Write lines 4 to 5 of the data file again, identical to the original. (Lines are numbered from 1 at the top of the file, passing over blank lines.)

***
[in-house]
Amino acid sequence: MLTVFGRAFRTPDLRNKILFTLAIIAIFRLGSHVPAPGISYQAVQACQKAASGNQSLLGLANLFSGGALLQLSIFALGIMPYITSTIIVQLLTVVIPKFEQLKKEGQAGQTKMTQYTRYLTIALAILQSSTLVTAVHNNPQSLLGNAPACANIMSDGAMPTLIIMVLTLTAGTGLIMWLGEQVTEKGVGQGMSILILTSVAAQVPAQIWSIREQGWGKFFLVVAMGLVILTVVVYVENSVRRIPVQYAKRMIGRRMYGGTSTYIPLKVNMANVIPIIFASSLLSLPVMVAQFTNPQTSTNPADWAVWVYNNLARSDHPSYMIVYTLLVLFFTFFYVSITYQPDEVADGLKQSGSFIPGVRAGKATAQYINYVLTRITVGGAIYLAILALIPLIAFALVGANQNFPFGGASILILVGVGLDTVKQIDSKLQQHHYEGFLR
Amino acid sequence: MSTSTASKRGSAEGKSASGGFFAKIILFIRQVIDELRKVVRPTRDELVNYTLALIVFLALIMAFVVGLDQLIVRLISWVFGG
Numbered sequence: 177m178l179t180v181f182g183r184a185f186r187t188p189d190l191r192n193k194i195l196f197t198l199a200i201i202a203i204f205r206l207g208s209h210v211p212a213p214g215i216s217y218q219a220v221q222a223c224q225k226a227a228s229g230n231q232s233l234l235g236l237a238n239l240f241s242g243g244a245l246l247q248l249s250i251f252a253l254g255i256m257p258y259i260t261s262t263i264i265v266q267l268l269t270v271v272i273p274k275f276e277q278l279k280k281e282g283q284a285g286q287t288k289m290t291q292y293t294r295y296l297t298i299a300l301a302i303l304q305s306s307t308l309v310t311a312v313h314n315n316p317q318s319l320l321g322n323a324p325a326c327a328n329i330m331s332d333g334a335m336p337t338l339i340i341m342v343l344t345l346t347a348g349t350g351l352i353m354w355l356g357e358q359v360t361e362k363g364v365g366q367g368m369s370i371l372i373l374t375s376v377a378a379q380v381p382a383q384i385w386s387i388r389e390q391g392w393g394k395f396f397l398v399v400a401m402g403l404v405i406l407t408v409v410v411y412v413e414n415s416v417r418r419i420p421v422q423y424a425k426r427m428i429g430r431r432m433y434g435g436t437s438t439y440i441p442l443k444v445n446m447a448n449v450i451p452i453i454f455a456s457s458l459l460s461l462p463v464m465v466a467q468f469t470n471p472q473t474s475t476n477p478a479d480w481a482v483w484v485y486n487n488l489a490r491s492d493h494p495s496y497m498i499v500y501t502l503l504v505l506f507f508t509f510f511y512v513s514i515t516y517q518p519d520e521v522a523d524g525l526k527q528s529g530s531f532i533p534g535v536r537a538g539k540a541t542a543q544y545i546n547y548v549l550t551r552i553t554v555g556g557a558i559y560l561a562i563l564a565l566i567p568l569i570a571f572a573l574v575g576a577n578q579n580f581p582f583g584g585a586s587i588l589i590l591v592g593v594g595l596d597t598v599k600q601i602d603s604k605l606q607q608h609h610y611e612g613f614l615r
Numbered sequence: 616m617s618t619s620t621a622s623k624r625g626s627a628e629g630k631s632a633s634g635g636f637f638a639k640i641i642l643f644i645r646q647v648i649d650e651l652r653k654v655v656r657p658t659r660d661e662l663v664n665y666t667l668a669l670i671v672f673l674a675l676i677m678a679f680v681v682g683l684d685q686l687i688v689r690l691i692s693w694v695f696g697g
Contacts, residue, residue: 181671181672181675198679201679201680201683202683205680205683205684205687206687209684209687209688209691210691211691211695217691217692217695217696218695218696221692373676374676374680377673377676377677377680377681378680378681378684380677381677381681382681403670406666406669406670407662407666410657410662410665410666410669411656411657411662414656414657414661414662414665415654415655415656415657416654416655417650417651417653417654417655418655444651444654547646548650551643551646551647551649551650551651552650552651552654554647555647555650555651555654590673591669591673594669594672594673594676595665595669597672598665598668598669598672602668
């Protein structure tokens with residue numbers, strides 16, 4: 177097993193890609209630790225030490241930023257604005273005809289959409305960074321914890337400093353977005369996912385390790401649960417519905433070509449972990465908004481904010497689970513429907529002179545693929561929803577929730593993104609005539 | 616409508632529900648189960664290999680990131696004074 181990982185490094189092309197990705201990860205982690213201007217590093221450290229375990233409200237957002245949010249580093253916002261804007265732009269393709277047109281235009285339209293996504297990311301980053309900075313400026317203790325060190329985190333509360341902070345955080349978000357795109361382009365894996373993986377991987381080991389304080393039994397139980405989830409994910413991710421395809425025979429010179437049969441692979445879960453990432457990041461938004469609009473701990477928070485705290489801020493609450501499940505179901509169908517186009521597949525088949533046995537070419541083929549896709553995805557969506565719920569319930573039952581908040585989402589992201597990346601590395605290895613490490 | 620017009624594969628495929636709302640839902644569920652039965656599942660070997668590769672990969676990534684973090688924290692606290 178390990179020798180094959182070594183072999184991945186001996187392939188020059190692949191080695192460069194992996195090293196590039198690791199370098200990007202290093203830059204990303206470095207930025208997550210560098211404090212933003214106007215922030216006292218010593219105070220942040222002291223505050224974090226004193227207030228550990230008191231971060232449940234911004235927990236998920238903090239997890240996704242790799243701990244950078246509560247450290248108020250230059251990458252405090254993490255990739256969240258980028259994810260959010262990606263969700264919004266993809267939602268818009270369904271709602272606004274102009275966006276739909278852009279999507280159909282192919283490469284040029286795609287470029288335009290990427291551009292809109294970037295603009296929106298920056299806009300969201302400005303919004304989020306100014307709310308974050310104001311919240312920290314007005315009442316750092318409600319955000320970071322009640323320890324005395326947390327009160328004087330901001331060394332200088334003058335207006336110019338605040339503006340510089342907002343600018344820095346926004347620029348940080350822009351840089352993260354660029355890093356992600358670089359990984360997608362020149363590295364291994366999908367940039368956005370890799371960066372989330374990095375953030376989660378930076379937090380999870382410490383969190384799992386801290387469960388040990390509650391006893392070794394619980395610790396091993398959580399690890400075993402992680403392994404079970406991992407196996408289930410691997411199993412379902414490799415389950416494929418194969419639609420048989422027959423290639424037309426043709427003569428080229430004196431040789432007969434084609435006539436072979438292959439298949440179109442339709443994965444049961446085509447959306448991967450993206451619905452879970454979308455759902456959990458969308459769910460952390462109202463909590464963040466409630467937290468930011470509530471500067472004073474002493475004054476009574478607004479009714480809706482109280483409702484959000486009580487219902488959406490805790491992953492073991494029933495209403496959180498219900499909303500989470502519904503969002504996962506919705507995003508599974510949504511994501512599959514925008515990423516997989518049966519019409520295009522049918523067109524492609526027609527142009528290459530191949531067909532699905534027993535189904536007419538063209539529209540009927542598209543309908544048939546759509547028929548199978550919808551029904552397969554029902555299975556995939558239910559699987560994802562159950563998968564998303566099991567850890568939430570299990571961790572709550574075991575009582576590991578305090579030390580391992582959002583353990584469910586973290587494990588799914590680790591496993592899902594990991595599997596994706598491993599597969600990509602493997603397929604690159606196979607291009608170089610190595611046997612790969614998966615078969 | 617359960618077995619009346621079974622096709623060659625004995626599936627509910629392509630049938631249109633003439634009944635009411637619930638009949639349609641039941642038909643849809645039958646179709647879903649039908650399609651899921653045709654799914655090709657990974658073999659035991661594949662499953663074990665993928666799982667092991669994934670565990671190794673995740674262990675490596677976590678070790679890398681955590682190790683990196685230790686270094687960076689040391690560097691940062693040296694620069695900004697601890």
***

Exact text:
Numbered sequence: 177m178l179t180v181f182g183r184a185f186r187t188p189d190l191r192n193k194i195l196f197t198l199a200i201i202a203i204f205r206l207g208s209h210v211p212a213p214g215i216s217y218q219a220v221q222a223c224q225k226a227a228s229g230n231q232s233l234l235g236l237a238n239l240f241s242g243g244a245l246l247q248l249s250i251f252a253l254g255i256m257p258y259i260t261s262t263i264i265v266q267l268l269t270v271v272i273p274k275f276e277q278l279k280k281e282g283q284a285g286q287t288k289m290t291q292y293t294r295y296l297t298i299a300l301a302i303l304q305s306s307t308l309v310t311a312v313h314n315n316p317q318s319l320l321g322n323a324p325a326c327a328n329i330m331s332d333g334a335m336p337t338l339i340i341m342v343l344t345l346t347a348g349t350g351l352i353m354w355l356g357e358q359v360t361e362k363g364v365g366q367g368m369s370i371l372i373l374t375s376v377a378a379q380v381p382a383q384i385w386s387i388r389e390q391g392w393g394k395f396f397l398v399v400a401m402g403l404v405i406l407t408v409v410v411y412v413e414n415s416v417r418r419i420p421v422q423y424a425k426r427m428i429g430r431r432m433y434g435g436t437s438t439y440i441p442l443k444v445n446m447a448n449v450i451p452i453i454f455a456s457s458l459l460s461l462p463v464m465v466a467q468f469t470n471p472q473t474s475t476n477p478a479d480w481a482v483w484v485y486n487n488l489a490r491s492d493h494p495s496y497m498i499v500y501t502l503l504v505l506f507f508t509f510f511y512v513s514i515t516y517q518p519d520e521v522a523d524g525l526k527q528s529g530s531f532i533p534g535v536r537a538g539k540a541t542a543q544y545i546n547y548v549l550t551r552i553t554v555g556g557a558i559y560l561a562i563l564a565l566i567p568l569i570a571f572a573l574v575g576a577n578q579n580f581p582f583g584g585a586s587i588l589i590l591v592g593v594g595l596d597t598v599k600q601i602d603s604k605l606q607q608h609h610y611e612g613f614l615r
Numbered sequence: 616m617s618t619s620t621a622s623k624r625g626s627a628e629g630k631s632a633s634g635g636f637f638a639k640i641i642l643f644i645r646q647v648i649d650e651l652r653k654v655v656r657p658t659r660d661e662l663v664n665y666t667l668a669l670i671v672f673l674a675l676i677m678a679f680v681v682g683l684d685q686l687i688v689r690l691i692s693w694v695f696g697g